The Music Modernization Act — the landmark, bipartisan bill 15 years in the making to update music copyright law for the digital age — recently celebrated its first birthday. More so than any other piece of music legislation in the past generation, the act provided hope that the industry’s most significant concerns over payments and royalties would finally receive closure.
Today, however, uncertainty still surrounds the South Carolina music scene, particularly for the state’s performers and the businesses that play their music. Thankfully, Sen. Lindsey Graham, chairman of the Senate Judiciary Committee, has taken note and is working to fill in the gaps.
On Nov. 1, Graham sent a letter to the Department of Justice inquiring about its review of its antitrust agreements, known as consent decrees, that help keep monopolies in check.
A lobbying campaign from these monopolies — the American Society of Composers, Authors and Publishers (ASCAP) and Broadcast Music Inc. (BMI), which combined control the rights to almost every song — appears to be the reasoning behind the Justice Department’s openness for change. One thing is for certain, though: If the Justice Department chooses to alter these decrees significantly, it could lead to hundreds of South Carolina businesses like mine having no choice but to raise prices and cut back on support for local artists.
Performers have spoken out against the Justice Department making any changes to the decrees, as have plenty of South Carolina businesses. My establishment, Stems & Skins in North Charleston, teamed up with more than 12 others from across our state to draw awareness to the extent of the problem. Larger organizations, including the South Carolina Brewers Guild, South Carolina Retail Association, South Carolina Restaurant & Lodging Association, and South Carolina Broadcasters Association, have sounded the alarm as well.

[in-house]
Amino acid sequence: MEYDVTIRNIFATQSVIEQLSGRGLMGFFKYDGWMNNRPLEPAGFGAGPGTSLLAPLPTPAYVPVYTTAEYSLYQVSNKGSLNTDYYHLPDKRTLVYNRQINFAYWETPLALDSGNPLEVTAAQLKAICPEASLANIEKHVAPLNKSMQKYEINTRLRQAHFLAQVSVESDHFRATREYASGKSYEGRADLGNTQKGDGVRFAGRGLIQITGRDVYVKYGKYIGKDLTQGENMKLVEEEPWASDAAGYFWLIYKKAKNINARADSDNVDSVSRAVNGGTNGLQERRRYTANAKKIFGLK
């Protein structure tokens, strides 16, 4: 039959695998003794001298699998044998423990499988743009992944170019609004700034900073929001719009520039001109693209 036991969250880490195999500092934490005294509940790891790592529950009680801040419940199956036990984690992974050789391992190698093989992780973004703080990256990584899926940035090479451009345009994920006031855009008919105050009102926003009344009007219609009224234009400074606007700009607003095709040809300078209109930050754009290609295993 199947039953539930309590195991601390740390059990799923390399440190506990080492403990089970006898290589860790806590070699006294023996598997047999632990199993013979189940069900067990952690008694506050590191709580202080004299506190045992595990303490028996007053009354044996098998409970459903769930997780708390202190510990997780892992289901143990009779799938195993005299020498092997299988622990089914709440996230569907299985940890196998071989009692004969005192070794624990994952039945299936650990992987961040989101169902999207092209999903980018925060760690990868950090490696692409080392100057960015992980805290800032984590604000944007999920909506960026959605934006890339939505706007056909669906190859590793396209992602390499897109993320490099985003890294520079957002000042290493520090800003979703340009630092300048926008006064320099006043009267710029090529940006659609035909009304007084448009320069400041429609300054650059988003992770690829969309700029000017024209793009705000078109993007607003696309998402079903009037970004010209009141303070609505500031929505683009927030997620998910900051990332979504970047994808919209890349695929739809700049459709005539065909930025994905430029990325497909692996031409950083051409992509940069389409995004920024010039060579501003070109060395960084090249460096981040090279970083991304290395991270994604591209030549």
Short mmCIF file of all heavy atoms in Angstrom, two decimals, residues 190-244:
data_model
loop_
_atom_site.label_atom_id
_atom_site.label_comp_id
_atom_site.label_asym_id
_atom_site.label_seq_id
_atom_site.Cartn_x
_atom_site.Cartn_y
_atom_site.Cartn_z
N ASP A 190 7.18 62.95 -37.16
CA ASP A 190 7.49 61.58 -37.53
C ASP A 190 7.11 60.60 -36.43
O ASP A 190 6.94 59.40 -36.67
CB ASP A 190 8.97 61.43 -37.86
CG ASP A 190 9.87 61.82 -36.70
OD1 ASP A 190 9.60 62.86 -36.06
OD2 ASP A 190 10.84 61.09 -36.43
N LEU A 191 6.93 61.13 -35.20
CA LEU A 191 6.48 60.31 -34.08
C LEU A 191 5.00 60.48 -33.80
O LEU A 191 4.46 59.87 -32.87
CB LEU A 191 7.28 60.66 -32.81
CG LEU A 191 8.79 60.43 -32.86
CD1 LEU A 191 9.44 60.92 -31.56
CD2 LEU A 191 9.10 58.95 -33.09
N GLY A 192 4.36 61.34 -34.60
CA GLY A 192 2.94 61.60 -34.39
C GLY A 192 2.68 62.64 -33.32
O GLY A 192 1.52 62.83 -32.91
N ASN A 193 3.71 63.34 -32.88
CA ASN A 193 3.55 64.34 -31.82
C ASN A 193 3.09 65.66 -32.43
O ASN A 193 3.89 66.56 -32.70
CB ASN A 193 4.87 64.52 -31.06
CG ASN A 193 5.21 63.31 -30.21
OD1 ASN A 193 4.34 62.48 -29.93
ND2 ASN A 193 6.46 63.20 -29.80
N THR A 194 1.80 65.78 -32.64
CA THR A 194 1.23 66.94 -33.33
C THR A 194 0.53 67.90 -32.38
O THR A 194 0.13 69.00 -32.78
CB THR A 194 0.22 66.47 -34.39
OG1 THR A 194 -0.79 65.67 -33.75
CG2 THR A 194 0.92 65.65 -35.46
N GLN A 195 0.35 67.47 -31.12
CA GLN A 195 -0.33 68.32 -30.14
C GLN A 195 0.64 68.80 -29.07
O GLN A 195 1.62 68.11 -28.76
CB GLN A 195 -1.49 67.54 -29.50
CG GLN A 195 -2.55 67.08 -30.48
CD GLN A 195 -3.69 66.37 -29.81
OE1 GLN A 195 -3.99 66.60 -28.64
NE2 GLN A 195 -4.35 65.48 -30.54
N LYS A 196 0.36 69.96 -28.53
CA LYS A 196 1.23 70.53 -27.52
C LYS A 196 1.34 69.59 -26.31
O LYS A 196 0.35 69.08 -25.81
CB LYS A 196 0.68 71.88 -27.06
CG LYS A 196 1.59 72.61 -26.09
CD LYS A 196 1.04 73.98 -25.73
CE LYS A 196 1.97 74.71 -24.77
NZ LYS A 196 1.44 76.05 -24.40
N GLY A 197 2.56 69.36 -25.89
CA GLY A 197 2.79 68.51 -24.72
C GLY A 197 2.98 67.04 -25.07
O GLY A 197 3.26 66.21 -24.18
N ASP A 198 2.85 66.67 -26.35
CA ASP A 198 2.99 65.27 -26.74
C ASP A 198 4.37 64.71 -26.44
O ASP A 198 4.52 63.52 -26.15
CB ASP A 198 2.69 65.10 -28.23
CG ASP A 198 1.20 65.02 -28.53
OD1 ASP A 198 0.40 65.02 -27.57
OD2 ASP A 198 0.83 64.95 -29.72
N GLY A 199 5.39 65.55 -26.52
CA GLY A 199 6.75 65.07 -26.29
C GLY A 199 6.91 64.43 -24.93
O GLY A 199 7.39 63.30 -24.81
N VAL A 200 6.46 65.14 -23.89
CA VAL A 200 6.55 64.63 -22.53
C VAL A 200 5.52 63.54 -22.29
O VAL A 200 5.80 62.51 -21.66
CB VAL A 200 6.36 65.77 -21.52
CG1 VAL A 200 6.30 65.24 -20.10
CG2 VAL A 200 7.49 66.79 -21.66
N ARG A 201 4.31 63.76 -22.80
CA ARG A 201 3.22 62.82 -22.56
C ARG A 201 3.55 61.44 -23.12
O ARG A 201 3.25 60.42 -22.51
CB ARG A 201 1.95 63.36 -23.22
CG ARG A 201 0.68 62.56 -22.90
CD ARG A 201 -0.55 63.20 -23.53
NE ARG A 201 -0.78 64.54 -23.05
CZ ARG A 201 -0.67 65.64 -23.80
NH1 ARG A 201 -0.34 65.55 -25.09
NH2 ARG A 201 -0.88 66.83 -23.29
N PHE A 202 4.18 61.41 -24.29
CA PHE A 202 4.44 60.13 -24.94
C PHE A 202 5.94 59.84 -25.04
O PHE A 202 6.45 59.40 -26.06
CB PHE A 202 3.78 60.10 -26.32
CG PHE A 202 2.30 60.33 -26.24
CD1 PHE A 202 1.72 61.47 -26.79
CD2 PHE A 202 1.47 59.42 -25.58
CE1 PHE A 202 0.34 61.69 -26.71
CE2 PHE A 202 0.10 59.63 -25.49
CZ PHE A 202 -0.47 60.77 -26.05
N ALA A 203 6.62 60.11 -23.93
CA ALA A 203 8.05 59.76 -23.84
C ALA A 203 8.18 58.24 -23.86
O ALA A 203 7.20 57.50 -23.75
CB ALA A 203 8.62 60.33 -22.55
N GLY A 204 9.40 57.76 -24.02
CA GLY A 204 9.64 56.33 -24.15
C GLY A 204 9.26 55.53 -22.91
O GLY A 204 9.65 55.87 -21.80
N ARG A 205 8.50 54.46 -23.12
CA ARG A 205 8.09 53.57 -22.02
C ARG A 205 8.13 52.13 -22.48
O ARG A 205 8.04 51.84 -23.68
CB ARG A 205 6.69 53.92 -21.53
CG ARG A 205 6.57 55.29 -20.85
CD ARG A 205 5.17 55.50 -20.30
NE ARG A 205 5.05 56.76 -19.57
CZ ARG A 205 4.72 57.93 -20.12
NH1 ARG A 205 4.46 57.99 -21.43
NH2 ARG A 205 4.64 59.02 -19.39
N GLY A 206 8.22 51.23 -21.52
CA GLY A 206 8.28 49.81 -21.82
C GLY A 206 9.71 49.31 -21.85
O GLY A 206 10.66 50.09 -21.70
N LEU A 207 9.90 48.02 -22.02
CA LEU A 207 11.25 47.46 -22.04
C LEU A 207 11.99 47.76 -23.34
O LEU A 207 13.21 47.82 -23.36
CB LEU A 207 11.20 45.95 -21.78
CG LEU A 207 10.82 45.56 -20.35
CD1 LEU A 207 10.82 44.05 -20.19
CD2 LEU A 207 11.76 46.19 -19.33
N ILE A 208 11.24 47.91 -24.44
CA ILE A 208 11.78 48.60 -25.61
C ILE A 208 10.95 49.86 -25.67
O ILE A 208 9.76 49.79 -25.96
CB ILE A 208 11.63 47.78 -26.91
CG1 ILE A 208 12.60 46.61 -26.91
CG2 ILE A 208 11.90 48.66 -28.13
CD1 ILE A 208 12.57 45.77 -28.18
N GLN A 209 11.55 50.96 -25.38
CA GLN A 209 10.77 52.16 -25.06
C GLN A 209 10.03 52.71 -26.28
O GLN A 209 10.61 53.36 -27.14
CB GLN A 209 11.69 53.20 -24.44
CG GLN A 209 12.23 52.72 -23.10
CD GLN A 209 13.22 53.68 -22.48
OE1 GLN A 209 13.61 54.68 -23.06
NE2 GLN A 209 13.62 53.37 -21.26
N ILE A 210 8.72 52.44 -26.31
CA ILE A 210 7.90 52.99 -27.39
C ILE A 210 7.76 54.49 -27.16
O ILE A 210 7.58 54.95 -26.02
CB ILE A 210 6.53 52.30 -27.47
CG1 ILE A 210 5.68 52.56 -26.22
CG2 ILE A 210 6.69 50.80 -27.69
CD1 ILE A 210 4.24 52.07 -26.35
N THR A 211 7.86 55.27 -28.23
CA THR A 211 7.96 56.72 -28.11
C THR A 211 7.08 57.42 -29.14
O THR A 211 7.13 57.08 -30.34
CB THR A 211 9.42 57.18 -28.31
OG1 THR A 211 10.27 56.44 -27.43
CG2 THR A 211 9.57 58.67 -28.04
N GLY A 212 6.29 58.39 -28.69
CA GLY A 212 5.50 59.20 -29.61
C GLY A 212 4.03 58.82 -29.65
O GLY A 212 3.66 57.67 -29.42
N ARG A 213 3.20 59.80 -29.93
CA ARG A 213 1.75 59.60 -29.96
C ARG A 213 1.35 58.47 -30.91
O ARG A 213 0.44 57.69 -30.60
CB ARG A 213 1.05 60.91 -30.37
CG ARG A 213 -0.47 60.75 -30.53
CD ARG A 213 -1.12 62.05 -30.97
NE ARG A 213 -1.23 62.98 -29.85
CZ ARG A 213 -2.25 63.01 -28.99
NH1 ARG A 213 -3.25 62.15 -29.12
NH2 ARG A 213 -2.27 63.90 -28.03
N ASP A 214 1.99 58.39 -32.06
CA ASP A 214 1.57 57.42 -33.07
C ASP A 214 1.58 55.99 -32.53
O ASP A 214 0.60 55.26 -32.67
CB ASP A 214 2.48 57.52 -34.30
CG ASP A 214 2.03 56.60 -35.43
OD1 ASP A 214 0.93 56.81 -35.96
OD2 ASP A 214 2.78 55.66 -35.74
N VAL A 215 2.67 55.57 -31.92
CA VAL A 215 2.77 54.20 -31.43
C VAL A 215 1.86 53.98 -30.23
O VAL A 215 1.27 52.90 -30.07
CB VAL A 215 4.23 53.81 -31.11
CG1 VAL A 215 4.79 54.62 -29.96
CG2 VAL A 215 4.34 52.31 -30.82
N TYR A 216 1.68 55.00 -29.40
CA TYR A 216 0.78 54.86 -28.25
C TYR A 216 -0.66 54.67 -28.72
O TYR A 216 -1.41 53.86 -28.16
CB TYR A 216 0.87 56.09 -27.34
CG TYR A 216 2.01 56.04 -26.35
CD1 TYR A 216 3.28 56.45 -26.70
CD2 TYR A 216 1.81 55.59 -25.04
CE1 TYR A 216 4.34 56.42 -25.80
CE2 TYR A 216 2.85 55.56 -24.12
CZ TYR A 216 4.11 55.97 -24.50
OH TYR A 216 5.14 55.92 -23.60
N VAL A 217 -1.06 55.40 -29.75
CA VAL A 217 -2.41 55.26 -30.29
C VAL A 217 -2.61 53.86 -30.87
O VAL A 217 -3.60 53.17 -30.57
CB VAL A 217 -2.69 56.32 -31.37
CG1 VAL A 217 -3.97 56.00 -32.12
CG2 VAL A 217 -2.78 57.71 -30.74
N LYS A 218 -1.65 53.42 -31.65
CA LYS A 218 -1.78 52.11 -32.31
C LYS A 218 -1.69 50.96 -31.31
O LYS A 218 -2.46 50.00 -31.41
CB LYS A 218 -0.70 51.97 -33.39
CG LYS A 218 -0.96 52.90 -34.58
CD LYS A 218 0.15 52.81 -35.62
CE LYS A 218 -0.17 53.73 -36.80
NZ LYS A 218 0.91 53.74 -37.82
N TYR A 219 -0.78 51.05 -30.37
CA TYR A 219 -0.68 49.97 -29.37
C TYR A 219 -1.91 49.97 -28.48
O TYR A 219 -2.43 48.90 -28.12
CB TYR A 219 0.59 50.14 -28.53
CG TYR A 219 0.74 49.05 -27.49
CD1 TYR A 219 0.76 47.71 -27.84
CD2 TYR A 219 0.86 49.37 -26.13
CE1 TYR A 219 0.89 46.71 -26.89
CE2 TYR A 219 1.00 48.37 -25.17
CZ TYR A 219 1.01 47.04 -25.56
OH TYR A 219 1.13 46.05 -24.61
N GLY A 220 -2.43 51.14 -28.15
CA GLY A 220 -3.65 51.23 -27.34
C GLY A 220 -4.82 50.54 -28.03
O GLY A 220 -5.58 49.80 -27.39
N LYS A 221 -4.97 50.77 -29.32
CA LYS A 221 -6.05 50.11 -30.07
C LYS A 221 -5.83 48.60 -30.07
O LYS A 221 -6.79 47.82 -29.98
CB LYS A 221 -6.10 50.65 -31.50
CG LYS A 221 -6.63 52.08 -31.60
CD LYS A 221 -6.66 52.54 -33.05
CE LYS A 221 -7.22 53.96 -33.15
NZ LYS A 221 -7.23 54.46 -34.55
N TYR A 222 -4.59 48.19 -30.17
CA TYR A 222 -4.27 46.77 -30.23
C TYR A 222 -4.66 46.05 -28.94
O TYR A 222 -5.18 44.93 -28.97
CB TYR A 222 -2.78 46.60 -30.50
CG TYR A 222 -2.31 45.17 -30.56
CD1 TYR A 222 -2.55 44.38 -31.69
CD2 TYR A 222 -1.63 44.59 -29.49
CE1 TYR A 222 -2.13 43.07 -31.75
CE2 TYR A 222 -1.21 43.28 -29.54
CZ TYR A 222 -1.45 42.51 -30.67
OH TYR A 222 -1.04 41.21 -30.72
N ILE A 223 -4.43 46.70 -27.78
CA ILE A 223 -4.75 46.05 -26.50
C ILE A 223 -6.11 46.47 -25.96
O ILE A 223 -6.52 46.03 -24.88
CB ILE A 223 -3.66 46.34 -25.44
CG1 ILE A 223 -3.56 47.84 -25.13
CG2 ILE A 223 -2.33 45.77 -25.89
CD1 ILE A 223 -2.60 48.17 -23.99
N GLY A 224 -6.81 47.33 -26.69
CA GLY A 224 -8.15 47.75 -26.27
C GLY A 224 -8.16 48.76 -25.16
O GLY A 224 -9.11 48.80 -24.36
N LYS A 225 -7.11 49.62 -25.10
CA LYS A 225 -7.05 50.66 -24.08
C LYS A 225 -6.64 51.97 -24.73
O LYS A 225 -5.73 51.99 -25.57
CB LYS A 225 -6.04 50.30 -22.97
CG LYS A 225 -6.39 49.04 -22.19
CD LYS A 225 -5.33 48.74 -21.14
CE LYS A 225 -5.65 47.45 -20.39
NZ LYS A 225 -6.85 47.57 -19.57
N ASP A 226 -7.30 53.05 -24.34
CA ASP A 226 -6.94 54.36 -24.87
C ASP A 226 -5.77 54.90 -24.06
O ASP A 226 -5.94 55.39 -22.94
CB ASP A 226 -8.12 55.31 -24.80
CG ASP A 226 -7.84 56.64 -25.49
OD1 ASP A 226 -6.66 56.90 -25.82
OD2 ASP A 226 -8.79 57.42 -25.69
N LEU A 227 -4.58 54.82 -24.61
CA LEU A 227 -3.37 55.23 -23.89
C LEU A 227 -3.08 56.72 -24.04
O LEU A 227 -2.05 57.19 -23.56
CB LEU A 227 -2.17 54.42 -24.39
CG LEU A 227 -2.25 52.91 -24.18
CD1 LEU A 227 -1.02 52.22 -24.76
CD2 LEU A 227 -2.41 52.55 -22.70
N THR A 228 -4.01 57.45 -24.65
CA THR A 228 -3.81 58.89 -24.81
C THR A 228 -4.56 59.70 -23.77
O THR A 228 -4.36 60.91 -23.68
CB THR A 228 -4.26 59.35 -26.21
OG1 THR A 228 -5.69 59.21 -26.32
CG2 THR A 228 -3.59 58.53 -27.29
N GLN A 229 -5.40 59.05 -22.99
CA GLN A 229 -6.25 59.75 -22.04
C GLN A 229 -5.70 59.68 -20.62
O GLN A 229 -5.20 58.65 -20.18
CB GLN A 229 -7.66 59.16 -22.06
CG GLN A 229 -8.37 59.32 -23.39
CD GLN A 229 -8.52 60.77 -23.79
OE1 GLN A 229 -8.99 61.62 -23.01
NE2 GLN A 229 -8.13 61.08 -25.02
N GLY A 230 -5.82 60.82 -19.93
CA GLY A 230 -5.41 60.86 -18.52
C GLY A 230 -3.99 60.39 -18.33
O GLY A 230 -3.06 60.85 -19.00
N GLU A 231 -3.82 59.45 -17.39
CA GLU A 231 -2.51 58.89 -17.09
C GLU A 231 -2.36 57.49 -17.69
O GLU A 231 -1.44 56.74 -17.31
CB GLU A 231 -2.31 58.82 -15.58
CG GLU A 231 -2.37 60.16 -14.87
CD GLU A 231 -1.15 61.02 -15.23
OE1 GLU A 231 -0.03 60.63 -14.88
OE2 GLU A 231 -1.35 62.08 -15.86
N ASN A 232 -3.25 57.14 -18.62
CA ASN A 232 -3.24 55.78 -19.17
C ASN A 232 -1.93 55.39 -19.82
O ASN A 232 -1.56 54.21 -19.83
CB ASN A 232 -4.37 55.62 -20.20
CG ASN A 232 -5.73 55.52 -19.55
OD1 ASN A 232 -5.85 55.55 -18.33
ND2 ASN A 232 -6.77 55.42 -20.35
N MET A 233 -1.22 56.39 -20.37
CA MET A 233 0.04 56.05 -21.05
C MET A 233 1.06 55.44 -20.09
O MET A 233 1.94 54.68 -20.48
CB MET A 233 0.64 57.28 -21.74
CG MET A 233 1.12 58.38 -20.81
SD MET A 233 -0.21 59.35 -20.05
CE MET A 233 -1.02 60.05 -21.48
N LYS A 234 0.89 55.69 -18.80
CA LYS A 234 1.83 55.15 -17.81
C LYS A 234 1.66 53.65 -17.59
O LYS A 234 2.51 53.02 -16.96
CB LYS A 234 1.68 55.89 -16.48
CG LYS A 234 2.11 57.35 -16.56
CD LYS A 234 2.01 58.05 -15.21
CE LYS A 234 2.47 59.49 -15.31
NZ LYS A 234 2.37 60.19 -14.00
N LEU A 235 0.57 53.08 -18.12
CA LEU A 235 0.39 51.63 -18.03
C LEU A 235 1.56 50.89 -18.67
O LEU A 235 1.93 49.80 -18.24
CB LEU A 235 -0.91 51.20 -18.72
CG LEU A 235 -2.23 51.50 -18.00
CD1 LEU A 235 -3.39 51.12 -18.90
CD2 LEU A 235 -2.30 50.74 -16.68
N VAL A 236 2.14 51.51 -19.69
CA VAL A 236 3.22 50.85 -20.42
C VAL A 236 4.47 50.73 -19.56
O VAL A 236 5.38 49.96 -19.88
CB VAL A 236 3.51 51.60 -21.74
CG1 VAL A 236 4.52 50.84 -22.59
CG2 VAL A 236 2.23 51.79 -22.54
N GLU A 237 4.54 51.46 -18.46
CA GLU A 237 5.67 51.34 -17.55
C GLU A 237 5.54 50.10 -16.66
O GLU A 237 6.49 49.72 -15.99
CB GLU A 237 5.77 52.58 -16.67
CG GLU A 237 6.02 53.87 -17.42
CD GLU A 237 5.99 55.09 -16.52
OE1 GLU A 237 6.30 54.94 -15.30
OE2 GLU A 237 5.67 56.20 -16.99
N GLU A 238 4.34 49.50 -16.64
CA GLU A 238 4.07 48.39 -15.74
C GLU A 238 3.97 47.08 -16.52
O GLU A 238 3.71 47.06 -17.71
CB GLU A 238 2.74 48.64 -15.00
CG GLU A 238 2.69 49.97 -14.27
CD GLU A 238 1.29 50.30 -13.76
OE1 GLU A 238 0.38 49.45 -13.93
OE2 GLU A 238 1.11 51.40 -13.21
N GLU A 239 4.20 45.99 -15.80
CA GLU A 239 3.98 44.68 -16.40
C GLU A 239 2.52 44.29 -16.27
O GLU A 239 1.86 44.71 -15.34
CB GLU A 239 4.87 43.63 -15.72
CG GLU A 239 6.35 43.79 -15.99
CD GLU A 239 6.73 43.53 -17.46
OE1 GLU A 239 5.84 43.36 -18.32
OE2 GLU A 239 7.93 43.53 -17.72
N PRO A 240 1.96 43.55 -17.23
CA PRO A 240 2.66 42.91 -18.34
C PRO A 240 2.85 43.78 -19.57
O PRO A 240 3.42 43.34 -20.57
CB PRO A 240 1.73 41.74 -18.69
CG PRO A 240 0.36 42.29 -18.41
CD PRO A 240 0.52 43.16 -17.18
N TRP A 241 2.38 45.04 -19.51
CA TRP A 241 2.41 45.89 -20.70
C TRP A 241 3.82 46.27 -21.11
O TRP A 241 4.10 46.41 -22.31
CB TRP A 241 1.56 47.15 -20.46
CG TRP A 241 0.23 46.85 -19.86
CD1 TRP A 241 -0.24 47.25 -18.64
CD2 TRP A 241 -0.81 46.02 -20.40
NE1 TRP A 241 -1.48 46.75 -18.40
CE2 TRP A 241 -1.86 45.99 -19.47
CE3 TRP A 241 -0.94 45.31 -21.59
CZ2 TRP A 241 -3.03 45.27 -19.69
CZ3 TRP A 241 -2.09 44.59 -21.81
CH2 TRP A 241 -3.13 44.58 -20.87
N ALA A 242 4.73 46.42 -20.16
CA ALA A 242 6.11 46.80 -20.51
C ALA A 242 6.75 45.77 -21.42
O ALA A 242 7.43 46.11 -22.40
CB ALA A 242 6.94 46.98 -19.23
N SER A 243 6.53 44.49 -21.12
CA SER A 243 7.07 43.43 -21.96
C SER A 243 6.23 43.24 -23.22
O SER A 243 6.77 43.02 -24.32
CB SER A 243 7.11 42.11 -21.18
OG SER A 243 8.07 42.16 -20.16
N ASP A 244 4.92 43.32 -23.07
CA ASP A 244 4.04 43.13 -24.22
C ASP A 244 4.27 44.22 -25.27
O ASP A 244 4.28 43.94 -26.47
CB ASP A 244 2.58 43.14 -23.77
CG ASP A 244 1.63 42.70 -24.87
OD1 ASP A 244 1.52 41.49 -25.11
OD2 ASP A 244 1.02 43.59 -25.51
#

The issue is complicated, but also very simple. Businesses — from concert halls to bars and restaurants — have to pay licensing fees to ASCAP and BMI for the rights to provide music.
While the Justice Department is keeping them in check now, should the agency relax its guardrails, these two monopolies would have no limit on what they could charge for licenses.
Businesses’ operational expenses would balloon. To make up for the added costs, some local establishments would have to raise prices on consumers and cut back on the number of live acts they host. The end result could be higher prices on alcohol at bars and less opportunities for up-and-coming artists to be seen and heard all around. The next James Brown or Brennan Lassiter could go unnoticed by South Carolina, all so two monopolies can reap even more revenue.
Sen. Graham is working to ensure the Justice Department resolves this issue reasonably. As Graham noted in his Nov. 1 letter, his committee is watching the Justice Department process closely. Earlier this year, he convened the representatives of the music monopolies and the businesses that pay them to discuss possible alternatives should the Justice Department decide to upend the market by changing these long-term decrees. Given the Music Modernization Act took more than a decade to enact, there certainly are no simple solutions here, but Sen. Graham should be applauded for working to protect South Carolina’s local businesses and music performers.
The consent decrees have been working well since before anyone alive can remember. They are a key reason that South Carolina has such a vibrant music scene, and there is no reason they should not stay in place for the foreseeable future. As Graham understands, they provide the certainty that local performers and businesses need. The South Carolina music industry greatly appreciates his leadership on this issue.
Matt Tunstall is the co-owner of Stems & Skins in North Charleston.